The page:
About Mills Mansion

HISTORY

Originally built in 1832 and greatly expanded in the 1890’s, Mills Mansion (also known as Staatsburgh) is emblematic of the great country estates built in the nineteenth and early twentieth centuries to house America’s wealthiest families.

Staatsburgh is a New York State Historic Site located within the boundaries of Mills-Norrie State Park. It is an elegant example of the great estates built by America’s financial and industrial leaders during the Gilded Age.

A 25-room Greek Revival structure was built on the site in 1832 by Morgan Lewis and his wife, Gertrude Livingston, replacing an earlier house that had burned down. This second house was inherited by Ruth Livingston Mills, wife of noted financier and philanthropist Ogden Mills.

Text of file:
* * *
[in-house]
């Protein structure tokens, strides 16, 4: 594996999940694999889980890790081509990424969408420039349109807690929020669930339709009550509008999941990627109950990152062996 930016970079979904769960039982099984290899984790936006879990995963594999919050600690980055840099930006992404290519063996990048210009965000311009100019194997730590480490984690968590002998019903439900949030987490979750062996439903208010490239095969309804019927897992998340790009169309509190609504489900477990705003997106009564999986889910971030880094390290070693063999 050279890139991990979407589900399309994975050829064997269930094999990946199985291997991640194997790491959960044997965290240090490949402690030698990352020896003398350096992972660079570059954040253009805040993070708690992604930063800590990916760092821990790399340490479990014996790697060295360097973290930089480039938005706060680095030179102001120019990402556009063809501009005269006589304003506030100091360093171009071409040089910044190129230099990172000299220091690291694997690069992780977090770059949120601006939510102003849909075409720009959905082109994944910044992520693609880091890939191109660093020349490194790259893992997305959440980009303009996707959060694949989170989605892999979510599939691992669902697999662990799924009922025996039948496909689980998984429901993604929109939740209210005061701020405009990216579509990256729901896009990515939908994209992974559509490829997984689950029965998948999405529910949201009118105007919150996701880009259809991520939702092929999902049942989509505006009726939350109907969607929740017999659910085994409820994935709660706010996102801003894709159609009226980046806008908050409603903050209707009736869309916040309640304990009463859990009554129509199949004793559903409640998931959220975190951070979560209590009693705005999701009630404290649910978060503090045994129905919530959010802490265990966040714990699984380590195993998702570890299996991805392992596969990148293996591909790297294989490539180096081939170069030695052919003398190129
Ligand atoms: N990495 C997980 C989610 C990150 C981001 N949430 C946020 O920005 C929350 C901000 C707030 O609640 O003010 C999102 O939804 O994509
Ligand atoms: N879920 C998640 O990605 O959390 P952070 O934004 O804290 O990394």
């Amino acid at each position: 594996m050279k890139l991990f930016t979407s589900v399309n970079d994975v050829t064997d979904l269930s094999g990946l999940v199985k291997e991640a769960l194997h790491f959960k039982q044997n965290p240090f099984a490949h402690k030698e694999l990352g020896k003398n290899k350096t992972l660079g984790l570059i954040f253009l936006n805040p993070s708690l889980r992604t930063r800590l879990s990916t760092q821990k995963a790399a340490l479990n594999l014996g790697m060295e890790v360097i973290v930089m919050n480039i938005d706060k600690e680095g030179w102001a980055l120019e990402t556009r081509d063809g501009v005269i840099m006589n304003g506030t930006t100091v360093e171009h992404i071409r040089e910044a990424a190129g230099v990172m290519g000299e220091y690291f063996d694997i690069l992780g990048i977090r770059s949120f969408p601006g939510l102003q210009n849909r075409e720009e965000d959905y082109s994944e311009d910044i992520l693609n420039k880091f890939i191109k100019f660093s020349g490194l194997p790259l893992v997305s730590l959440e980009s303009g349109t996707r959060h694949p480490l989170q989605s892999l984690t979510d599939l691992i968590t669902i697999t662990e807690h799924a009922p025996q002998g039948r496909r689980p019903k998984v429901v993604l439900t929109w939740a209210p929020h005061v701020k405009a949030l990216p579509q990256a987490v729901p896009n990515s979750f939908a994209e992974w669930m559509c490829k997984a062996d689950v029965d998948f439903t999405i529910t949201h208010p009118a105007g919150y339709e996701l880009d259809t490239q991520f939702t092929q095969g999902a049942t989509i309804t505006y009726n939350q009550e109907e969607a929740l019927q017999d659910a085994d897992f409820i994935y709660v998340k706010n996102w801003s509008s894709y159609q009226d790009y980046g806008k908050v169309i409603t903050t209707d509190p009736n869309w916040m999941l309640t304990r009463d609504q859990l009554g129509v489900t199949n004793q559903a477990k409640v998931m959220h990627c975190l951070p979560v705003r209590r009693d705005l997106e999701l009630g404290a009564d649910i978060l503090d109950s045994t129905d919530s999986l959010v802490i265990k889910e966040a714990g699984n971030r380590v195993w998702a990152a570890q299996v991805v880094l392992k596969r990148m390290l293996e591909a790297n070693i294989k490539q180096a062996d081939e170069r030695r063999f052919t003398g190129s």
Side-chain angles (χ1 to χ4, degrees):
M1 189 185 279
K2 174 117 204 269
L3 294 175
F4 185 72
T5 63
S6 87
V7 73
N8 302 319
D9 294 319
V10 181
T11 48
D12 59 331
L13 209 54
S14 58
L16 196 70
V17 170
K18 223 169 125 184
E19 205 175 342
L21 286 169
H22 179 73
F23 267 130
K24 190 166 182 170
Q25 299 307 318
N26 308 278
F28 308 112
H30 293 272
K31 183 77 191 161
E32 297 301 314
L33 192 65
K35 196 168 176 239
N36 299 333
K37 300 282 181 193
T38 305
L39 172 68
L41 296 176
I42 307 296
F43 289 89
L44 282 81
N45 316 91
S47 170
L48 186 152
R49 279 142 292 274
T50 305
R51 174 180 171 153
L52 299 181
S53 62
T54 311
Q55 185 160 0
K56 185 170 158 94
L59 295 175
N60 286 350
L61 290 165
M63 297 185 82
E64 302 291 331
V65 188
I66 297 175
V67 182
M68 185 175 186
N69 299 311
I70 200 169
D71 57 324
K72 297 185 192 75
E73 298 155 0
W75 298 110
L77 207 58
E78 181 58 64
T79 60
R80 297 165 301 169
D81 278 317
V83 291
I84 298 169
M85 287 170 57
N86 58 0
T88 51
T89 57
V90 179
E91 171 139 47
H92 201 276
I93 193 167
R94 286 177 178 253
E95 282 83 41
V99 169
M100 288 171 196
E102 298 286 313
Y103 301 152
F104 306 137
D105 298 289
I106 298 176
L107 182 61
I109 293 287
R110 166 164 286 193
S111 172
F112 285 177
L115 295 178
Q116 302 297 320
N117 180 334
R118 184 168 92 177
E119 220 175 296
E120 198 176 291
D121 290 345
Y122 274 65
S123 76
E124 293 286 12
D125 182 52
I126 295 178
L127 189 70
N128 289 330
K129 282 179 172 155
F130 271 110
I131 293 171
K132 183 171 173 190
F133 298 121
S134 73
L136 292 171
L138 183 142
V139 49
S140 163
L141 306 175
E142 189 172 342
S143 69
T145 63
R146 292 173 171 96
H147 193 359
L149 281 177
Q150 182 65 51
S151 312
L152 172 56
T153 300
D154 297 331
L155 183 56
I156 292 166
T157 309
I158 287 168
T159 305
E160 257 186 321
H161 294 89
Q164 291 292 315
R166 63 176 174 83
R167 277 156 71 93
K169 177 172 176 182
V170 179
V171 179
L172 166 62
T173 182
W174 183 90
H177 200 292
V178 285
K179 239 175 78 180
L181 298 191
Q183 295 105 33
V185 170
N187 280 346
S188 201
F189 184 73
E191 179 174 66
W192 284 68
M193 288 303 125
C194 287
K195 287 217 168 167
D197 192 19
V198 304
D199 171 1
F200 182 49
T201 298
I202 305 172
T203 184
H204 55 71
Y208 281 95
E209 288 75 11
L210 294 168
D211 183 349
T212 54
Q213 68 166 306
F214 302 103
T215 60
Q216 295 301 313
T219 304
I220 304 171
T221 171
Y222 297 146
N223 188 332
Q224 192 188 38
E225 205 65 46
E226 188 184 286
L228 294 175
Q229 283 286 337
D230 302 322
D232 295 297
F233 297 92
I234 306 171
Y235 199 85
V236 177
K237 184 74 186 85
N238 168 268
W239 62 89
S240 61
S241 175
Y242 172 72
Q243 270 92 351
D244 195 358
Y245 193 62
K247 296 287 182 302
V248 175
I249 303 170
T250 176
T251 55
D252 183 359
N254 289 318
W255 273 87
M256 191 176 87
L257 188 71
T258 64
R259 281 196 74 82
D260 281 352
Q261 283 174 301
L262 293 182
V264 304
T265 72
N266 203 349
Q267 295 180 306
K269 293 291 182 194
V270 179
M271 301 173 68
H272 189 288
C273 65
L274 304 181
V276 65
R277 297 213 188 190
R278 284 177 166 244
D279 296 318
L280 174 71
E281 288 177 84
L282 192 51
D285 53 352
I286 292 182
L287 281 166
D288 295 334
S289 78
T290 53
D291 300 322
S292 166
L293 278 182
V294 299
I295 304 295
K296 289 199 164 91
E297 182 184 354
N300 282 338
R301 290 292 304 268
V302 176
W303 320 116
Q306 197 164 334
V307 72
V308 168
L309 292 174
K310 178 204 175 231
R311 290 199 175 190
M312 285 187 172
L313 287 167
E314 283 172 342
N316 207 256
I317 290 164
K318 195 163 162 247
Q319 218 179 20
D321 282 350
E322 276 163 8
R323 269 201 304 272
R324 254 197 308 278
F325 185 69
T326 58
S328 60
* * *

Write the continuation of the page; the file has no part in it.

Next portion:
In 1895, Mr. and Mrs. Mills commissioned the prestigious New York City architectural firm of McKim, Mead and White to remodel and enlarge their Staatsburg home. After completion in 1896, the house was transformed into a Beaux-Arts mansion of 65 rooms and 14 bathrooms. Its exterior was embellished with balustrades, pilasters, floral swags, and a massive portico. The rooms were furnished with elaborately carved and gilded furniture, fine oriental rugs, silk fabrics, and a collection of art objects from Europe, ancient Greece, and the Far East.

In 1938, the house and 192 acres were given to the State of New York by Gladys Mills Phipps, daughter of Ruth and Ogden Mills.

 

Other Information

Mills Mansion (a.k.a. Staatsburgh) is located within the greater Mills-Norrie State Park campus, which includes Norrie Point Marina and Campgrounds.  Click here for more information.